First things first, I guess. Hopefully Princess Basma can find a way to actually carry out these much needed changes.

What do you think?


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Photo Credit:Cordelia Persen via Flckr

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janet T.
janet T.2 years ago

Only one problem. Patriarchal men don't take to change very easily and just might fight this kind of progress for the next 50 years or so.

Sasha M.
Past Member 3 years ago

Good article.

Maria D'Oporto
Past Member 3 years ago

The Princess seems to have a modern idea of how the country could be, hopefully their governants will hear her.

Abbe A.
Azaima A.3 years ago


David E.
David E.3 years ago

... and look what is happening in Egypt with the "Arab Spring".

Muslim Brotherhood MP Seeks to Abolish Female Rights and Enforce Female Genital Mutilation

Female Political Candidate Says 'Women Deficient in Intelligence'

Sian R.
Sian R.3 years ago

Gene J - you are very ignorant about the position of women in muslim countries. It makes e wonder if you've ever been to one.

I'd love to hear you in debate with one very sassy young Syrian woman I met last year in Damascus. she'd just returned from six months working in Saudi Arabia. She was so scathing about that country. She said she wished everyone from Syria could go and live there for six months, "then they'd learn what 'freedom' really meant!"
She said (lounging back on the table in her hotpants) that in Syria she could go where she wanted without a chaperone, could drive anywhere, could wear what she liked wthout fear of either police or people, could criticise her governent, could travel anywhere, etc. etc. etc.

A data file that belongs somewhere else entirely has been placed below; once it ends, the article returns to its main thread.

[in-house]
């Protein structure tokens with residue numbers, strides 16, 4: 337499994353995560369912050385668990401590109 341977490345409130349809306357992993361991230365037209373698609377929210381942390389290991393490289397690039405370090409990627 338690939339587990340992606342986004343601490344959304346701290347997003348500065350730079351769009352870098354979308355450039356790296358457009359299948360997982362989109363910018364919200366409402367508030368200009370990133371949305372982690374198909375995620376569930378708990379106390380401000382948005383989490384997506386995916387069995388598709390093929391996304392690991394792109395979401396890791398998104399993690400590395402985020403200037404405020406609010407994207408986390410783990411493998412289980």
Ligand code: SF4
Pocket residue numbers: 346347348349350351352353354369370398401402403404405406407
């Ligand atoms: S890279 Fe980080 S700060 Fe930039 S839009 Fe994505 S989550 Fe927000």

Most muslim countries are like that. I know, I've travelled to many of them, lived in many of them.
The exceptions are Saudi Arabia, and Iran under the current regime. Pakistan and Afghanistan are also exceptions, but this is because in those countries people are less educated - in fact, analagous to middle european countries 40 years ago (where and when I was also travelling) and this is a problem of culture rather than religion.

Donna Smallwood
Donna Smallwood3 years ago

If we will become civilized, we must continue to develop as humans growing toward a better way of relating to each other. Religion should take a backseat and take its rightful place as a personal choice; not be forced on everyone. Culture and traditions keep people in third world countries enslaved in close-mindedness, prohibiting progressive development. This fear-based way of life will continue as long as life is all about the money and the religion.
The GOOD OLE BOYS in America want the same conditions for American people! They want to keep the sheeple in American under control while fattening their wallets with the proceeds of fear-based living!

Nellie P.
Nellie P.3 years ago

Definitely a visionary. I hope her privileged status allows her to start working on these changes in some way. As Gene J. stated below, the common Muslim woman doesn't stand a chance to speak out, or try to change any of the things that the Princess mentioned. Hopefully, she will find others, of both sexes, in a position to help her make these things a reality.

Lilithe Magdalene

You go girl! May your vision come to pass - and then some.

Nirvana Jaganath
Nirvana Jaganath3 years ago